Posted on Thursday, February 22, 2001
Armor & Sturtevant, a husband and wife due from Erie, will be holding musical court with a balloon, bottle caps, pieces of rake tine, scraps of plastic plumbing pipe, and a 1964 Nash Rambler hubcap Wednesday, Feb. 28 at 7 p.m. in Walton-Mayne Union Building at Westminster College.
The program, which is free and open to the public, is sponsored by the Westminster College Diversity Symposium. The symposium is designed to help students and the community acquire a knowledge and appreciation of differences among people, human cultures, and the natural world.
"People often get really excited when they see that we can make great sounds with everyday junk," said Kelly Armor. "It isn't a new idea. For centuries working class people had to find a way to make music without having a lot of money. All my East African instruments are wonderful examples. They are all simple to make and yet sound great."
Armor lived in East Africa with native families for several years while she collected songs, stories, and instruments. Dave Sturtevant is a direct descendant of an Appalachian fiddler - his father, whom he credits as one of his greatest influences.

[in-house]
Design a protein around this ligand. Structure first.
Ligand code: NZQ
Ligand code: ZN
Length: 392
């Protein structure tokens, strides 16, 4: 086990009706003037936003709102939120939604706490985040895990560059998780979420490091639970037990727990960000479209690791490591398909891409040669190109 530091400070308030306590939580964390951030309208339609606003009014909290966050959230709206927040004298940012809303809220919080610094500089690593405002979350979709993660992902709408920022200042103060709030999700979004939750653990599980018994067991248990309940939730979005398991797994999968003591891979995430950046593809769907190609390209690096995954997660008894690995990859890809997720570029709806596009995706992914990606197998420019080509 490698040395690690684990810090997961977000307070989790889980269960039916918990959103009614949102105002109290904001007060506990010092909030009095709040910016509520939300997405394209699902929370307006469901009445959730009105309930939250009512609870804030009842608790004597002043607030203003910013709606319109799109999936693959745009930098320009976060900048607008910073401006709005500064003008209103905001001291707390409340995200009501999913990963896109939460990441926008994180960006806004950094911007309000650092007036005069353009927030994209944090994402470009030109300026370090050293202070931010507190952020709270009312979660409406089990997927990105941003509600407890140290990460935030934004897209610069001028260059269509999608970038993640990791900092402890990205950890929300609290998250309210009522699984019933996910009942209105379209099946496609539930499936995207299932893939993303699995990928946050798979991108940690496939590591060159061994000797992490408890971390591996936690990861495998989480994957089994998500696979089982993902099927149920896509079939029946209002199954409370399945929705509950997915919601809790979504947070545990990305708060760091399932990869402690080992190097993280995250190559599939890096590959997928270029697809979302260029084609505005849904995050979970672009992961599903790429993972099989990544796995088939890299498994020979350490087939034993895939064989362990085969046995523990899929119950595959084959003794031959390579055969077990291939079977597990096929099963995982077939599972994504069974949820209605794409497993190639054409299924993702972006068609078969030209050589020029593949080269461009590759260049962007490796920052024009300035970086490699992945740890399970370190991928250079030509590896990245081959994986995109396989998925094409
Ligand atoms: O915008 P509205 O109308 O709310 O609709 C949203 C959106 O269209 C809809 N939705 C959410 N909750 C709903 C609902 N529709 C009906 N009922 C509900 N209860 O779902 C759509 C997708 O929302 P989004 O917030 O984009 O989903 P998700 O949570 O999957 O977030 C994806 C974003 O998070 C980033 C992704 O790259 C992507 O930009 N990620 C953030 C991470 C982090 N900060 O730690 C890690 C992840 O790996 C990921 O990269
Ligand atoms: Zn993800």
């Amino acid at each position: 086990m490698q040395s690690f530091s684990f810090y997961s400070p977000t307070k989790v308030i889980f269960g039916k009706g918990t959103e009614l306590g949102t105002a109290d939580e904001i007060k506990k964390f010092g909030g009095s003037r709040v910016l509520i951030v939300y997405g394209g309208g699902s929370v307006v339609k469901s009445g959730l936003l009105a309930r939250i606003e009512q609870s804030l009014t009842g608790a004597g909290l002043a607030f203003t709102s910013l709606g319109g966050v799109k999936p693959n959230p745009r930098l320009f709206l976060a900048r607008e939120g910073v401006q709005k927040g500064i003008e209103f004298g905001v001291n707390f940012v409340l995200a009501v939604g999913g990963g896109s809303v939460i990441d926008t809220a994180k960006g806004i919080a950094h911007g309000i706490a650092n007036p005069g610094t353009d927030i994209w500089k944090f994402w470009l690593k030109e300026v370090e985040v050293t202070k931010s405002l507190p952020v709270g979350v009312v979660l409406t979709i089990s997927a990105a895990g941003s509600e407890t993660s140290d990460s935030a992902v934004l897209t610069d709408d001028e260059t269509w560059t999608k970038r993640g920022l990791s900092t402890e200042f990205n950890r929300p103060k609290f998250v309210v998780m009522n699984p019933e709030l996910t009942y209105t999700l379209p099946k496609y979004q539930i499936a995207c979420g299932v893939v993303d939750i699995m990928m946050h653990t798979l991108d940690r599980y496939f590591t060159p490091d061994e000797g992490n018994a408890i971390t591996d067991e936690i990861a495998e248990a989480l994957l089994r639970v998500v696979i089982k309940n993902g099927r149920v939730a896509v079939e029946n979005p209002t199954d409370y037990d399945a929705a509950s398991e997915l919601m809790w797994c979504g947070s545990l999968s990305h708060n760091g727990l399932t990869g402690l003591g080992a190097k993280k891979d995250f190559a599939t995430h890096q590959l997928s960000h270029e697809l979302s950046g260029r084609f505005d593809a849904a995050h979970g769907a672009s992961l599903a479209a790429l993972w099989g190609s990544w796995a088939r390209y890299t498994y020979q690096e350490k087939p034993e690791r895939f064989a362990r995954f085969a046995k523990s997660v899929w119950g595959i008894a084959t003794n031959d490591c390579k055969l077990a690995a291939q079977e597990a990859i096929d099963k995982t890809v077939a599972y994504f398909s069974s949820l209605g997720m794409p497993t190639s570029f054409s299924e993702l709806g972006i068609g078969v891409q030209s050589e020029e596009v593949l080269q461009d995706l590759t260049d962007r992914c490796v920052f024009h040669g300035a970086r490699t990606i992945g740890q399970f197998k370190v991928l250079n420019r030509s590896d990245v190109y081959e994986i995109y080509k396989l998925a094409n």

"American folk music really is a hodge-podge of musical traditions from all immigrant populations," said Sturtevant. "We hope to communicate that to our audience."
"Folk music is a great way to showcase diversity," said Armor. "I've discovered that we can't present the music I collected in Africa without explaining how African culture differs from ours."
Armor & Sturtevant have been touring since 1991. Both of their CDs on the Tatema Music label have garnered airplay on folk radio programs nationwide. They are listed on the Pennsylvania Performing Arts on Tour Roster and the Pennsylvania Council on the Arts Roster for Arts in Education.
For more information, contact Dr. David Twining, associate professor of history at Westminster College, at (724) 946-7249.